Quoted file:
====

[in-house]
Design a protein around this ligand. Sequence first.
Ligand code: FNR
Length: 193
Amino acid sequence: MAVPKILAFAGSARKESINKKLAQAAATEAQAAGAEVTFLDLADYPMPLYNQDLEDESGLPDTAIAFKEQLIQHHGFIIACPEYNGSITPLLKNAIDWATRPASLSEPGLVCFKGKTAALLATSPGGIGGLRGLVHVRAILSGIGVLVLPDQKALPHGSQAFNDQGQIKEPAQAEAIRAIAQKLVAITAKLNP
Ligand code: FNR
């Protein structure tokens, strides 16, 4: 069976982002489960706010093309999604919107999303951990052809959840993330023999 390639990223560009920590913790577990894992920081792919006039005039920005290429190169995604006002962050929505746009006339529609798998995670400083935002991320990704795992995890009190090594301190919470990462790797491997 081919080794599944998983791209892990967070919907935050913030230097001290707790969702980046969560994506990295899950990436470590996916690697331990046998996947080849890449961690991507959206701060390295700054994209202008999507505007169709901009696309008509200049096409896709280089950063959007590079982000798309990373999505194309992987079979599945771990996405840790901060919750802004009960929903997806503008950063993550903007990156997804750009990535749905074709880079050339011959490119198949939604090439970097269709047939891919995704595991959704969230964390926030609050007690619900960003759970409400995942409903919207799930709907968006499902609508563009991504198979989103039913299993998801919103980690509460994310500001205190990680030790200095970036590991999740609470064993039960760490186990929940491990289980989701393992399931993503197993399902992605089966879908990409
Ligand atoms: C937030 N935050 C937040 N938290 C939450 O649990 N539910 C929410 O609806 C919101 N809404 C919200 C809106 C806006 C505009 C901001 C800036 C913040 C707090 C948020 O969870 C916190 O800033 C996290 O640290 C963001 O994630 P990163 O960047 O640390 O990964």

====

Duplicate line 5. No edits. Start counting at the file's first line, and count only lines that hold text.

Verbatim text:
Amino acid sequence: MAVPKILAFAGSARKESINKKLAQAAATEAQAAGAEVTFLDLADYPMPLYNQDLEDESGLPDTAIAFKEQLIQHHGFIIACPEYNGSITPLLKNAIDWATRPASLSEPGLVCFKGKTAALLATSPGGIGGLRGLVHVRAILSGIGVLVLPDQKALPHGSQAFNDQGQIKEPAQAEAIRAIAQKLVAITAKLNP